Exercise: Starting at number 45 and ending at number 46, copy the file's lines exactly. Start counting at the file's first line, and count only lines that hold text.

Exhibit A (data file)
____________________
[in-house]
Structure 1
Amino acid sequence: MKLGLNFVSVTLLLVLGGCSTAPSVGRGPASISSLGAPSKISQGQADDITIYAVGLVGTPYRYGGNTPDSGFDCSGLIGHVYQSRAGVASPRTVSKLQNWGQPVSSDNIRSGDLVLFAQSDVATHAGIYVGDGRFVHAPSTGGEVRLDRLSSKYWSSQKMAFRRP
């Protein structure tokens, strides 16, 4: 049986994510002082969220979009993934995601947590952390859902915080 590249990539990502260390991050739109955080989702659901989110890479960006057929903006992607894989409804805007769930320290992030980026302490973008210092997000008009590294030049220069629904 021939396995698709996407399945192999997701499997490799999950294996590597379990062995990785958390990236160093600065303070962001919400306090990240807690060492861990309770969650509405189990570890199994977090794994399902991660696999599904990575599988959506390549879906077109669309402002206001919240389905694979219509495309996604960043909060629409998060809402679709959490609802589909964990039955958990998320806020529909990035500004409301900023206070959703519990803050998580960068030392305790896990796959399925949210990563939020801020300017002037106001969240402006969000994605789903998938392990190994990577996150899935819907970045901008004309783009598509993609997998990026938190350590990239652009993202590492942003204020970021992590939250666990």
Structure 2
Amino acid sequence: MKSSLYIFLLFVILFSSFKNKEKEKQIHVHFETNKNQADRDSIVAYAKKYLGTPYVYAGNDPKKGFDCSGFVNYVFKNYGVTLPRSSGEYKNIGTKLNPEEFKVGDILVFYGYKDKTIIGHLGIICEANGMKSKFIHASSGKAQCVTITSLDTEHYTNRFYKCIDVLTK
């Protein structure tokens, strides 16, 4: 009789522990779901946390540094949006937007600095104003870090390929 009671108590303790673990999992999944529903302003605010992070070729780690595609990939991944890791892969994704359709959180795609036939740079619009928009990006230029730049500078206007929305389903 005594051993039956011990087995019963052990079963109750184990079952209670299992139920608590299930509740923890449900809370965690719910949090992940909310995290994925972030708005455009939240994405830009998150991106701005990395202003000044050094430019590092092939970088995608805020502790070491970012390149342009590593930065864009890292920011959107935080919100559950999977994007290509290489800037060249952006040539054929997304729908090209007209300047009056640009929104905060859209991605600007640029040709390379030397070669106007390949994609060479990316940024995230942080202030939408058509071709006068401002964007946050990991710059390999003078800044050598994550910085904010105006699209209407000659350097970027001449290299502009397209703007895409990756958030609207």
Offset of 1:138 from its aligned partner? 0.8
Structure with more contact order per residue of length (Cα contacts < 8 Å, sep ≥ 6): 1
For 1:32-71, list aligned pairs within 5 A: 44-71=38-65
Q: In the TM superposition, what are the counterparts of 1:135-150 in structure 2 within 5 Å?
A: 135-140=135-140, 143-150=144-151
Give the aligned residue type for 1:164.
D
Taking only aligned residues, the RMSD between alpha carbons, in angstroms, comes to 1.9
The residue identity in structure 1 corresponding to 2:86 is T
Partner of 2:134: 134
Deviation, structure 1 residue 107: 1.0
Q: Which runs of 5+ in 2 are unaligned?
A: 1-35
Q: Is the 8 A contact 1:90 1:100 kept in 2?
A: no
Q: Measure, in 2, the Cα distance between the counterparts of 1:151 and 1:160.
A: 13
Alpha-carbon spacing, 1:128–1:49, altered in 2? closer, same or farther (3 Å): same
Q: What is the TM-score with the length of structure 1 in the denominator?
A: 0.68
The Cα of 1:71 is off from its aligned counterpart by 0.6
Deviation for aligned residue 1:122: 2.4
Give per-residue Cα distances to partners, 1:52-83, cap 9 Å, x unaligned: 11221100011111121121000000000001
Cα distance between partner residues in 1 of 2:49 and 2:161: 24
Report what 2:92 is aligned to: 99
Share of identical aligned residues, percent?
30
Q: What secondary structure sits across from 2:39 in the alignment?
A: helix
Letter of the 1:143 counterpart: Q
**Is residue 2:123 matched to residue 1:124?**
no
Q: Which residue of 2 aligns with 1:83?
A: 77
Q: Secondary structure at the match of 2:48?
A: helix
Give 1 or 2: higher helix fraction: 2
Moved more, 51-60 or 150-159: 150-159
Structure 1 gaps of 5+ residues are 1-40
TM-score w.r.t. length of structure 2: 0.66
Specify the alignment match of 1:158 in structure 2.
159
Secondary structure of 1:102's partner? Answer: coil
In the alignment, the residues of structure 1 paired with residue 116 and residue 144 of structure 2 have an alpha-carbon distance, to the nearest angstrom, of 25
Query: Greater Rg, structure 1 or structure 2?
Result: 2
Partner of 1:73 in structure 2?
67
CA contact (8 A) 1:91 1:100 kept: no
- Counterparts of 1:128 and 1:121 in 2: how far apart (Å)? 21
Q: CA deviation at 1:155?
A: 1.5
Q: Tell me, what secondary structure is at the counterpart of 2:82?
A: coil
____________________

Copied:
Moved more, 51-60 or 150-159: 150-159
Structure 1 gaps of 5+ residues are 1-40